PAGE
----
The original production opened on Broadway 56 years ago, and ran alongside Cole Porter's DuBARRY WAS A LADY and Rodgers & Hart's HIGHER AND HIGHER. It starred William Gaxton, Vera Zorina, Victor Moore and Irene Bordoni; its run of 444 performances at the Imperial Theatre made it Broadway's longest running book musical in over a decade. The producer was B.G. (Buddy) DeSylva, the choreographer was George Balanchine, the book writer was Morrie Ryskind (the Pulitzer Prize winning co - author of OF THEE I SING), and the songwriter - returning to New York after a successful six - year sabbatical in Hollywood - was Irving Berlin.
The show was LOUISIANA PURCHASE, and it came at a very interesting juncture in the songwriter's career. Following a string of successful revues and slim book musicals in the '20s and early '30s, Irving Berlin had gone to Hollywood in 1934, where he struck gold writing songs for classic Fred Astaire & Ginger Rogers films like TOP HAT and FOLLOW THE FLEET.
LOUISIANA PURCHASE would mark Berlin's triumphant return to Broadway, but it was followed immediately by a patriotic tour of duty with his musical THIS IS THE ARMY during World War II. Coming back to Broadway after the war, Berlin felt that the rules of the game had changed, though his ability to adapt became brilliantly clear with the success of his first musical of the post - war period, ANNIE GET YOUR GUN (see Happy Talk, Vol. 3, No. 2). Still, with the trajectory of success that followed, LOUISIANA PURCHASE eventually became overlooked.
In fact, despite its impressive track record, it was not seen or heard in New York for more than half a century. That is, until June of this year when, for six performances at Weill Recital Hall, Carnegie Hall presented LOUISIANA PURCHASE in concert form, under the musical direction of Rob Fisher. Critics who rediscovered LOUISIANA PURCHASE on 57th Street were happy to trumpet their find, singling out the Berlin score for special praise.
In his rave (* * * * out of 4) review for USA Today, David Patrick Stearns called the score ""highly sophisticated Berlin, full of big - band jazz and tight vocal harmonies."" Lawrence van Gelder in the New York Times said the Berlin score ""offers plenty of music to keep the toes tapping,"" and the Hollywood Reporter's Robert Osborne said that ""Berlin's score is one of his best, with no fewer than seven showstoppers.""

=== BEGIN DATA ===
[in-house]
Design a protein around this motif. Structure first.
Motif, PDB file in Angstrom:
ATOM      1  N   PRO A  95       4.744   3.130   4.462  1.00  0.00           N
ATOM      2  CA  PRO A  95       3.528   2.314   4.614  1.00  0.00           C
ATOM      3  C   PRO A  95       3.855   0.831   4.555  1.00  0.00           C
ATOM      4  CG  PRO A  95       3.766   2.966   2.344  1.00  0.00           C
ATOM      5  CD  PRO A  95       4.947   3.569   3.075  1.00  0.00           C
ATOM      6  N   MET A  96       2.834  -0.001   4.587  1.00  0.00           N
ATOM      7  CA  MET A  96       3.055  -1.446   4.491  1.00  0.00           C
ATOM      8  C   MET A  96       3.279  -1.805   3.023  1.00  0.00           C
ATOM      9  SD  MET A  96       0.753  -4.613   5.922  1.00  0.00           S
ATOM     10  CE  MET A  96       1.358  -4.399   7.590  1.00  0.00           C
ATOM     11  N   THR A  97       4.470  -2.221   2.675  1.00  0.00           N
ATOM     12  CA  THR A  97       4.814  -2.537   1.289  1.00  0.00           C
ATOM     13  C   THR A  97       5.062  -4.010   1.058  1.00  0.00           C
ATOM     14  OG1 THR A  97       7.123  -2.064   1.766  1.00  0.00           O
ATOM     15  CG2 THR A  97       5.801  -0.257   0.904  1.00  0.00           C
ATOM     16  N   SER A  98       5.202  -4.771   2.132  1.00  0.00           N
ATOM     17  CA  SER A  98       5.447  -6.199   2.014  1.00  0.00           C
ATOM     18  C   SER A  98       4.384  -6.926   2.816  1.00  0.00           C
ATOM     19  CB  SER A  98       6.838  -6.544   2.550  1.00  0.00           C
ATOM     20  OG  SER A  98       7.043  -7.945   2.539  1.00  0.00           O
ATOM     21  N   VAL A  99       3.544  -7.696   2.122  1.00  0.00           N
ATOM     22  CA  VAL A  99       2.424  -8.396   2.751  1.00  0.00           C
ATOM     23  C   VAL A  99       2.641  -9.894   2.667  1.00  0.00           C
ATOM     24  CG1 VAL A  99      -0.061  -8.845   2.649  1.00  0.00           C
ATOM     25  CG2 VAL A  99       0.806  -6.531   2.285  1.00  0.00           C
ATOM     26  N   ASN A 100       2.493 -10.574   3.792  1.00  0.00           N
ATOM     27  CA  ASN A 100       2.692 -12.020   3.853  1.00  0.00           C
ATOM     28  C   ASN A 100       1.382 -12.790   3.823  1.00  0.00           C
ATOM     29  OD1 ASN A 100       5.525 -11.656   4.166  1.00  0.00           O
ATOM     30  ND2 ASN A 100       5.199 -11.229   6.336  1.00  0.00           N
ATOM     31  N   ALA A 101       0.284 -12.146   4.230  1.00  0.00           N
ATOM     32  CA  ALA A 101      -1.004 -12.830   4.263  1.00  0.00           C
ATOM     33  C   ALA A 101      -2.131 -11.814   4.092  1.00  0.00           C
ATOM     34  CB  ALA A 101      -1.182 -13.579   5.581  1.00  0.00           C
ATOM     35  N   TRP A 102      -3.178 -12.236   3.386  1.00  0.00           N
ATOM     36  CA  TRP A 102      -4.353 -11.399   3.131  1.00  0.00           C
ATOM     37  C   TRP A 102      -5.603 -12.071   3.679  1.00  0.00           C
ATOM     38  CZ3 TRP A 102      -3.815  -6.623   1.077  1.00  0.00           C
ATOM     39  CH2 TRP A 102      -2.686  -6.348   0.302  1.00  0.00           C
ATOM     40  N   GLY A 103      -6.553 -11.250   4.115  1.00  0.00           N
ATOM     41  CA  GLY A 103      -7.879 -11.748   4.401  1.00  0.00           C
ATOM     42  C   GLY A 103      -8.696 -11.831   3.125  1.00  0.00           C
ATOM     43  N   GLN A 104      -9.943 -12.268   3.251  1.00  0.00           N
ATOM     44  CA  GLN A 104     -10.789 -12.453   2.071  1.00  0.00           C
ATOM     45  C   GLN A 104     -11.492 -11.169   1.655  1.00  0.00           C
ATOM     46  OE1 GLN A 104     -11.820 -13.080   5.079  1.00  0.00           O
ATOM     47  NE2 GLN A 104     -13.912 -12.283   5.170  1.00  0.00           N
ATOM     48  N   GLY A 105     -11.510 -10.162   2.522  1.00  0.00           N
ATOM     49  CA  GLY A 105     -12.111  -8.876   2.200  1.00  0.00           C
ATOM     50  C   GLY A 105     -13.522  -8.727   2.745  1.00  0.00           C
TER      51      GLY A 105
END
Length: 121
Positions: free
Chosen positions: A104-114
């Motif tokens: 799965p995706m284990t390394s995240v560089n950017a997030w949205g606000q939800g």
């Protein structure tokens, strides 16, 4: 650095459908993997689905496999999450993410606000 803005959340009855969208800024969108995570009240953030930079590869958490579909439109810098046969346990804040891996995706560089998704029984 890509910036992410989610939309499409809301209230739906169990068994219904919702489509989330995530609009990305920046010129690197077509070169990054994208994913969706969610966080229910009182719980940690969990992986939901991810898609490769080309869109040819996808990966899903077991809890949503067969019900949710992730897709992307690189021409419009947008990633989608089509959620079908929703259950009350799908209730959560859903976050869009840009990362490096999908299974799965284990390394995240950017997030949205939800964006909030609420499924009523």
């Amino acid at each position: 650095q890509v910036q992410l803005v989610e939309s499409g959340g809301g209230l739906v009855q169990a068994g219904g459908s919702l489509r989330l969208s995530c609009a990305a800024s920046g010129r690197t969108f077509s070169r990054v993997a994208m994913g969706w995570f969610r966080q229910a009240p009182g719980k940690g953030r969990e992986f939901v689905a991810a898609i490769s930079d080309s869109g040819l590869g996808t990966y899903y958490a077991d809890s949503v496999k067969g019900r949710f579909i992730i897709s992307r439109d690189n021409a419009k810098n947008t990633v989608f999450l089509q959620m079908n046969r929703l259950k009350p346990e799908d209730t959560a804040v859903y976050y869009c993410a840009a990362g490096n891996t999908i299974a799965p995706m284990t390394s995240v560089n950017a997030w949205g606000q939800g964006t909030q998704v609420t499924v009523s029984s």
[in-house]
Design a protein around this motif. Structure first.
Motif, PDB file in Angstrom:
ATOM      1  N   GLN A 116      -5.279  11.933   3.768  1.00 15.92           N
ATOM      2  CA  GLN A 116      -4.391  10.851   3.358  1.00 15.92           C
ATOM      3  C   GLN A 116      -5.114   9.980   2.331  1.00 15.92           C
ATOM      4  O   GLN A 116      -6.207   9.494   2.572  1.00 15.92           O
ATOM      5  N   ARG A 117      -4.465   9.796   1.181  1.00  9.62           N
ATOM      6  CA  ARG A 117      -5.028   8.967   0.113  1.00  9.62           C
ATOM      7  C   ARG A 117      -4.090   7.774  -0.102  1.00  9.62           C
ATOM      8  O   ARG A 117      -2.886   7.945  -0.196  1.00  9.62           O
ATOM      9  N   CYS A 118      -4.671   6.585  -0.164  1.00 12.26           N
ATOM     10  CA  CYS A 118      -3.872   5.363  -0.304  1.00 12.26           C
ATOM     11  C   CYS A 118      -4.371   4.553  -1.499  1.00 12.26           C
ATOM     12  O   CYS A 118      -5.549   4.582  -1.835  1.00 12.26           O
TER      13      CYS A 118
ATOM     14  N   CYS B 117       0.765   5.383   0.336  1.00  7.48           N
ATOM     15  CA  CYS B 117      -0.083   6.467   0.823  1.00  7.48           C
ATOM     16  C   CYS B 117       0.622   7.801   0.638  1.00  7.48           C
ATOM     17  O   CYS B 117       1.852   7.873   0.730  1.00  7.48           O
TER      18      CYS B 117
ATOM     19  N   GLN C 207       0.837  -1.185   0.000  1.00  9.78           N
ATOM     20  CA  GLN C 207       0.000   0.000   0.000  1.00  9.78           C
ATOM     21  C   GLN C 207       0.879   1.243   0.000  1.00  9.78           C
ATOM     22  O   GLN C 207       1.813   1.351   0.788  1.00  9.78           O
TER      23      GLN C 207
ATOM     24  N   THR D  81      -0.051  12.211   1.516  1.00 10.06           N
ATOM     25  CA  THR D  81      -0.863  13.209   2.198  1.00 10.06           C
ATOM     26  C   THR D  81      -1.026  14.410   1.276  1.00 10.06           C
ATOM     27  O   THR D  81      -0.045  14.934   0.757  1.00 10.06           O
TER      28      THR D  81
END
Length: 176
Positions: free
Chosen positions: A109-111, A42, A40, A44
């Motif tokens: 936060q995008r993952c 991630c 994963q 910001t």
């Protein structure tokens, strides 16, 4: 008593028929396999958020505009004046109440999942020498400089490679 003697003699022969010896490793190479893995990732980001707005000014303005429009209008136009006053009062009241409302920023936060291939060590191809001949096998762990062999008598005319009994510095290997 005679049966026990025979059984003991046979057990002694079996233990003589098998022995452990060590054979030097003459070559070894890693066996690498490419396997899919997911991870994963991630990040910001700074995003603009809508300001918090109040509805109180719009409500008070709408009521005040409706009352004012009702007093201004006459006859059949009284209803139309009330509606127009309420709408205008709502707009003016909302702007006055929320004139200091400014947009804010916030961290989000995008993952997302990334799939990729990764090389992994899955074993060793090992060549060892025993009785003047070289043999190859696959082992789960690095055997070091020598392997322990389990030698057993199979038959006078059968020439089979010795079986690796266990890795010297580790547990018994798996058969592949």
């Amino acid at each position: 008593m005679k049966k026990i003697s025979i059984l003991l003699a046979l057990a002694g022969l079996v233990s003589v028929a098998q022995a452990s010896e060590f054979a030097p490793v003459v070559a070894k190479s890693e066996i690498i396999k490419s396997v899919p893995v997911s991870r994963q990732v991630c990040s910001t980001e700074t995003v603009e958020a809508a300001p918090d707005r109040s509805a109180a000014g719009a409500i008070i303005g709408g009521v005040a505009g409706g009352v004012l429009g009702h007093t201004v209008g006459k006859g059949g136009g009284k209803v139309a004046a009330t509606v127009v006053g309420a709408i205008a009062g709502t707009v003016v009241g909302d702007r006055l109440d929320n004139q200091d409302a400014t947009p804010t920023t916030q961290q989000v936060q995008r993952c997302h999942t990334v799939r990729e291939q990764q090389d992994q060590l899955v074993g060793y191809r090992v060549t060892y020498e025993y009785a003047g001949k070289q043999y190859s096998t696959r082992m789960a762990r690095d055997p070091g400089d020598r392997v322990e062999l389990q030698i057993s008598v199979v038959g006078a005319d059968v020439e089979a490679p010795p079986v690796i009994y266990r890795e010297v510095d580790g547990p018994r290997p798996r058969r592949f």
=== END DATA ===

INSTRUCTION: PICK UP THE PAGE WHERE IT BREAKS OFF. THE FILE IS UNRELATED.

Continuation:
In Billboard, Irv Lichtman elaborated: ""The swing era was in full flower when the show was written, and Berlin and his collaborators, particularly orchestrator Robert Russell Bennett, endowed the score with a swinging sound that is as much Glenn Miller et. al. as it is Shubert Alley.""
Berlin's score was set to a Morrie Ryskind book shot through with electrical sparks of humor derived from timeless political shenanigans. ""It is a sly political satire,"" noted John Simon in New York Magazine, ""a genre missing today, when we could use it more than ever."" While several critics speculated that it may have been the topical story which kept LOUISIANA PURCHASE from transcending its era, van Gelder in the New York Times dismissed that theory when he gave his readers a taste of the bribery - and - blackmail story - line and then asked rhetorically, ""Does the South still produce corrupt Democratic politicians and business men? Are there still Republican Senators eager to expose them to further their Presidential ambitions? Is sex still a weapon in these wars?""
The wistful truth to the mystery of this musical's neglect for half a century may be in the wealth of great material that surrounded, and possibly obscured, it in the brilliance of Broadway's golden era. There is no doubt, however, that LOUISIANA PURCHASE was always cherished by its authors, and their peers. In her book, Irving Berlin: A Daughter's Memoir, Mary Ellin Barrett quotes her father as saying, ""Without seeming immodest, I think I have the best collection of songs [in LOUISIANA PURCHASE] I've had in a long time,"" and his close friend and colleague Ira Gershwin once said, ""When Berlin was at the top of his form, as he was in LOUISIANA PURCHASE, there was no one greater.""
Following the six performances at Weill Recital Hall, an edited version of the Carnegie Hall concert version of LOUISIANA PURCHASE, hosted by Tyne Daly, was produced by Public Radio International and syndicated nationally.
A cast album was recorded in July for a November release (see sidebar), a songbook is being compiled by the Irving Berlin Music Company, and - for the very first time - LOUISIANA PURCHASE is now available for theatrical performances. See FOR YOUR NEXT SHOW...VOTE BERLIN!."